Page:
What does loss of US net neutrality mean for the Arab world?
These rules, created through the 2015 Open Internet Order, required internet service providers to treat all internet traffic equally and not favour some data streams over others. For instance, a provider cannot charge customers for quicker access to a video platform, or slow down other services if the customer does not pay up.
Junking the rules effectively gives US-based corporations free rein to monetise and control what users see and do online. But what does this mean for the Arab world?
A history of blocking content, now legitimised
The precedent the FCC sets is particularly dangerous for the Arab world. Internet users in the Middle East and North African countries are no strangers to blocked online content.
For example, under the guise of anti-competition regulations, Voice over Internet Protocol (VoIP) services are blocked by governments in a handful of Arab countries such as Saudi Arabia and temporarily in 2017, Egypt.
In Tunisia in 2014, news circulated claiming that the country's major telecommunications operators were planning a proposal to limit access to VoIP services. Under the proposal, access to VoIP services would be exclusively limited to postpaid or professional plans.
Luckily, the National Telecommunications Authority publicly opposed any such plan and affirmed a commitment to net neutrality, stating that it will make sure that telcos respect their obligation toward net neutrality.
|The vast majority of Arab countries do not have legislation protecting the neutrality of the net
But what about other countries whose regulators do not engage in similar commitments?
The reality is that the vast majority of Arab countries do not have legislation protecting the neutrality of the net and ensuring equal access. On our side of the world, internet users may be faced with local regulators who choose to follow the footsteps of the US FCC, and opt to explicitly favour the business interests of the telecommunications industry over those of all users.
This is especially troublesome given that most governments in the Arab world have direct access to control traffic flow: The majority mobile network operators in the region are partially if not totally state-owned, with little independent regulatory oversight. If anything, the FCC's decision to favour business interests over users only legitimises the actions of Arab governments in doing the same.
Widening access gaps
In 2017, the penetration of internet users in the Arab region reached 42 percent of the total population, and by 2020, it is projected that one in every two Arabs (or around 49 percent of the population) will be using the internet.
However, higher figures are seen in the richer countries such as Qatar, Bahrain and the UAE. Connectivity and access across the majority of the region remain closely linked with socioeconomic status and wealth.
The FCC's decision only exacerbates these gaps. In the absence of net neutrality rules, telcos are incentivised to provide expensive and low value access; a pay-to-play walled garden that only grants access to clients who can afford to do so.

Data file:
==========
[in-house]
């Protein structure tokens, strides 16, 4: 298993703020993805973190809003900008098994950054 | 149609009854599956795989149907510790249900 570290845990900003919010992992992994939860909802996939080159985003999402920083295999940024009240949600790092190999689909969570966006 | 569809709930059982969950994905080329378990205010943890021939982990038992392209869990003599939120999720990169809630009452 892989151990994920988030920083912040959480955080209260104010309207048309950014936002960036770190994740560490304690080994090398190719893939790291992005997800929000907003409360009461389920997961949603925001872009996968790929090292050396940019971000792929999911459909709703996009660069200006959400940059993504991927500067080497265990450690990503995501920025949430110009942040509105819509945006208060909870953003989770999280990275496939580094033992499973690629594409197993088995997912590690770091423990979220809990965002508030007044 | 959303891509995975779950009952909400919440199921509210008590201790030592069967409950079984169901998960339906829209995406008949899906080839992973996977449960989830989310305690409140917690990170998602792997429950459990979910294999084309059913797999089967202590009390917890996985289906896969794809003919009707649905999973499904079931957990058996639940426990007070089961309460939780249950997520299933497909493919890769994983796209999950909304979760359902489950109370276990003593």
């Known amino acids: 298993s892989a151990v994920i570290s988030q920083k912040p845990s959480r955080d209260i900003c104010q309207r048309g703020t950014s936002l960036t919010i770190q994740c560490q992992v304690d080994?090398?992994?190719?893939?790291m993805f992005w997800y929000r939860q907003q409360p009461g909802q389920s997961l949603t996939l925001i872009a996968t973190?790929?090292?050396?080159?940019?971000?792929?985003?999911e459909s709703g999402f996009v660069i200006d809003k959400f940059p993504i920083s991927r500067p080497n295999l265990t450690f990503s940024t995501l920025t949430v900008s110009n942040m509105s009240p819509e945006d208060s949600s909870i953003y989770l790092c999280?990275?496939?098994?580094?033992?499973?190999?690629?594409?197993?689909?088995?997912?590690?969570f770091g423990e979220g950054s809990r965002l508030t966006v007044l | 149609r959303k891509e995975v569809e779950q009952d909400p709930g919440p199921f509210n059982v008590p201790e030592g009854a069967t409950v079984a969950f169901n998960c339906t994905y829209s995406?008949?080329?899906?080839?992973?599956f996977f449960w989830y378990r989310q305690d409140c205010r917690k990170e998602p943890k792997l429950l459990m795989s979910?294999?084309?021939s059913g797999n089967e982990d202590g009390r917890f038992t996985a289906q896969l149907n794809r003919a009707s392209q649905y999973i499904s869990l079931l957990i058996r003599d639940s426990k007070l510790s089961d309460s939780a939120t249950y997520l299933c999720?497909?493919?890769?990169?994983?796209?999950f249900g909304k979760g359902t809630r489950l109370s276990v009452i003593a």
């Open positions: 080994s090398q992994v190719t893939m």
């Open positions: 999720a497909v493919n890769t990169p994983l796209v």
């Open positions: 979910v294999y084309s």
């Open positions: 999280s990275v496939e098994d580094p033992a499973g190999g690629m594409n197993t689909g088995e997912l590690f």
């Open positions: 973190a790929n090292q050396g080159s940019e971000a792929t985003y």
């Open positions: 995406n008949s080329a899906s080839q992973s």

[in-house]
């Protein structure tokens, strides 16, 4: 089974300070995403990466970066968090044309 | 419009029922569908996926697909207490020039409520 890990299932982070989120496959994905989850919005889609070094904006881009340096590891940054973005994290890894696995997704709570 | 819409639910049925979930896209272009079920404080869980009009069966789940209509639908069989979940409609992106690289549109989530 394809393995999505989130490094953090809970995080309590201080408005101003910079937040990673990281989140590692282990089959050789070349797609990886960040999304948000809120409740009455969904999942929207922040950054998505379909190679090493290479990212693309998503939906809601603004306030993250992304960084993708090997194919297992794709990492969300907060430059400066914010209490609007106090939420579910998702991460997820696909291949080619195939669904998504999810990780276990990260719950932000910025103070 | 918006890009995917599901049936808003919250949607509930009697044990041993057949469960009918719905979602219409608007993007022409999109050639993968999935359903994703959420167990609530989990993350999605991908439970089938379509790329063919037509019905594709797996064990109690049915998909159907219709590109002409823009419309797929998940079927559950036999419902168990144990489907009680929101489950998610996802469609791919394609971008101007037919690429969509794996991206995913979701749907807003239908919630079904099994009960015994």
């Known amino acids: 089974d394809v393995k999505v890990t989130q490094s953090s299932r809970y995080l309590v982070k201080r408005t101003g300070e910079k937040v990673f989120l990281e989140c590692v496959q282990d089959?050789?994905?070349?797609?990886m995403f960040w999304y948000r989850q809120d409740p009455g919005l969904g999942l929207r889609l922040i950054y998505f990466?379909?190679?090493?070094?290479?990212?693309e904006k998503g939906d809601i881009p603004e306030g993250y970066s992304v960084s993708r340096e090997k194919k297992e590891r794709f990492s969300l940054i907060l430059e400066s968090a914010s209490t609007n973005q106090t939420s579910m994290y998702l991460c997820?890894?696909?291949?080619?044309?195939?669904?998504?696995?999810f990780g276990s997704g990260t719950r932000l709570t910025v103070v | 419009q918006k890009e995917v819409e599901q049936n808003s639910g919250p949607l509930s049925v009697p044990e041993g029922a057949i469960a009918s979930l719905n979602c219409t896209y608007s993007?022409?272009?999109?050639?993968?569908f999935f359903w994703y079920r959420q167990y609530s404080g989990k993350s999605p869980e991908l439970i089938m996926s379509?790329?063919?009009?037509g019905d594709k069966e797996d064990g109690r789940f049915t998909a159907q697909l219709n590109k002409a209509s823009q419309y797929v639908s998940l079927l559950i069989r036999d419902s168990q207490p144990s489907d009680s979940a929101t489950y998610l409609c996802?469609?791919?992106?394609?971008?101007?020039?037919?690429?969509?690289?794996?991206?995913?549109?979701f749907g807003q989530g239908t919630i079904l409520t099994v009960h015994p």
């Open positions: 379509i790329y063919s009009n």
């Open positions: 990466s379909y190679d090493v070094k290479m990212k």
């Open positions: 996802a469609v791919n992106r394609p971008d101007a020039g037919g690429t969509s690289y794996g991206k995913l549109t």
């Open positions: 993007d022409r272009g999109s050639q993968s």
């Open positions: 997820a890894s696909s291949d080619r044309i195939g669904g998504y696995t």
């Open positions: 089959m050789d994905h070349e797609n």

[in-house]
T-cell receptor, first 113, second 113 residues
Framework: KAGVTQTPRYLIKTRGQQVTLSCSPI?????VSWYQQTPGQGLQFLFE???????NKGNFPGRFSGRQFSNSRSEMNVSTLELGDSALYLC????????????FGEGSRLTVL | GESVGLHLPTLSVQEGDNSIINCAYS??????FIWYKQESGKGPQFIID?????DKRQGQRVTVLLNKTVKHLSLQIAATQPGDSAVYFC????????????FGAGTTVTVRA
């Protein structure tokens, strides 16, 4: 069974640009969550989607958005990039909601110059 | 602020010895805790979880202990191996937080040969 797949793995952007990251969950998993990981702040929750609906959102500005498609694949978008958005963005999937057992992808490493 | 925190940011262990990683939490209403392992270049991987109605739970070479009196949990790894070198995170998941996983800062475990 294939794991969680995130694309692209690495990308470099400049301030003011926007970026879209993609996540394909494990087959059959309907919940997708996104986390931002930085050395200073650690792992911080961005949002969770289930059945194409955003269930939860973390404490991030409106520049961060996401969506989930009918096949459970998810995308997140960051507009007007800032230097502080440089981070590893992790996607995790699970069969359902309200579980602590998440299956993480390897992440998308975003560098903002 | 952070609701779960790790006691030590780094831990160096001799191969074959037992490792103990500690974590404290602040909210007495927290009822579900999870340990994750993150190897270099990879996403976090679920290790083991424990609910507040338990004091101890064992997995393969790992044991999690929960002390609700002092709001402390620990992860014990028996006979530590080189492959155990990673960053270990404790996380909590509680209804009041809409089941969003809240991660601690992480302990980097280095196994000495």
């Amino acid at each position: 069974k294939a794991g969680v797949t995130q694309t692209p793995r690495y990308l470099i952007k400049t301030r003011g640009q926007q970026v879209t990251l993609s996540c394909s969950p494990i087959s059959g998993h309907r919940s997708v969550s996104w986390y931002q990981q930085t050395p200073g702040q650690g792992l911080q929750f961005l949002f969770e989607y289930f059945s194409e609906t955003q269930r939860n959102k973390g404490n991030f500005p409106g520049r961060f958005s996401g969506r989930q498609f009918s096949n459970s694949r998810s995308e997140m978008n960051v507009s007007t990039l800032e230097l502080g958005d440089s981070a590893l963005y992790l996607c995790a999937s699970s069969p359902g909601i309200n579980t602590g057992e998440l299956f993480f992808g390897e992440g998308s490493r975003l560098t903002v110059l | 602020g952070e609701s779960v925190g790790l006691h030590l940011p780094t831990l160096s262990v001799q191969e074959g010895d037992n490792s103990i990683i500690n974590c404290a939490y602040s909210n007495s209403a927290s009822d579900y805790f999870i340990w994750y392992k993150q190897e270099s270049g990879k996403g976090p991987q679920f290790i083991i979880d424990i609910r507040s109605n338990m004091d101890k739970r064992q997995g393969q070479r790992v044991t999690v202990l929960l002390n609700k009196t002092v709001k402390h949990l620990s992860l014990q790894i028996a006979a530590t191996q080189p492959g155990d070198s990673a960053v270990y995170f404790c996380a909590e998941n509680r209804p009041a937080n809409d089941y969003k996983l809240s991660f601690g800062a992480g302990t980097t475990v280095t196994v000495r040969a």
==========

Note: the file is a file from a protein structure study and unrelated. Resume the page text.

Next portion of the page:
This goes against a principle upon which the internet was built: That once you have access to it, it is an open space. There are no gatekeepers.
By actively blocking access to specific content and applications through commercial discrimination, telcos greatly harm innovation by reducing opportunity for users.
This is especially regrettable in relation to budding SMEs in the region who rely heavily on an open and free web to do their work and improve people's lives.
The importance of a regulatory framework
Still, the truth is that telcos will behave according to the regulatory framework they operate within.
For example, since 2015 in the European Union, internet service providers have been legally obliged to respect net neutrality rules. Prior to the adoption of binding legislation, internet users in the EU were increasingly experiencing network discrimination.
An investigation by the Body of European Regulators of Electronic Communications (BEREC) found that roughly 20 percent of EU internet user contracts allowed for ISP restriction of services such as Voice over IP such as Skype or Viber, and peer-to-peer.
That is no longer the case after the European Union enshrined the principle of net neutrality in its legal framework by prohibiting operators from blocking, throttling, or discrimination of online content, applications and services.
Yet, some of those very same operators to behave differently in the Arab world, where blocking of services and applications is frequent.
While the FCC's decision may certainly legitimise commercial discrimination by telcos in the Arab world, it is not the be-all and end-all.
Government officials and telecom regulators can choose to favour the interests of users in promoting an open internet that brings economic and social benefits to all.
Already, India, the world's second largest internet user base, had its telecom regulator re-affirm its support for net neutrality regulation and recommend amendments to operator licenses in order to prevent technical forms of network discrimination.
Legal obligations must be in place to frame the way in which operators do business. Governments will have to consider creating and implementing rules to protect equal access to the web, and civil society must lead the fight to ensure net neutrality in the Arab world.
Wafa Ben Hassine leads Access Now's policy and advocacy efforts in the MENA region. She is an expert in the intersection of digital rights, technological developments, and international human rights law.
Follow her on Twitter: @ousfourtia
Opinions expressed in this article remain those of the author and do not necessarily represent those of The New Arab, its editorial board or staff.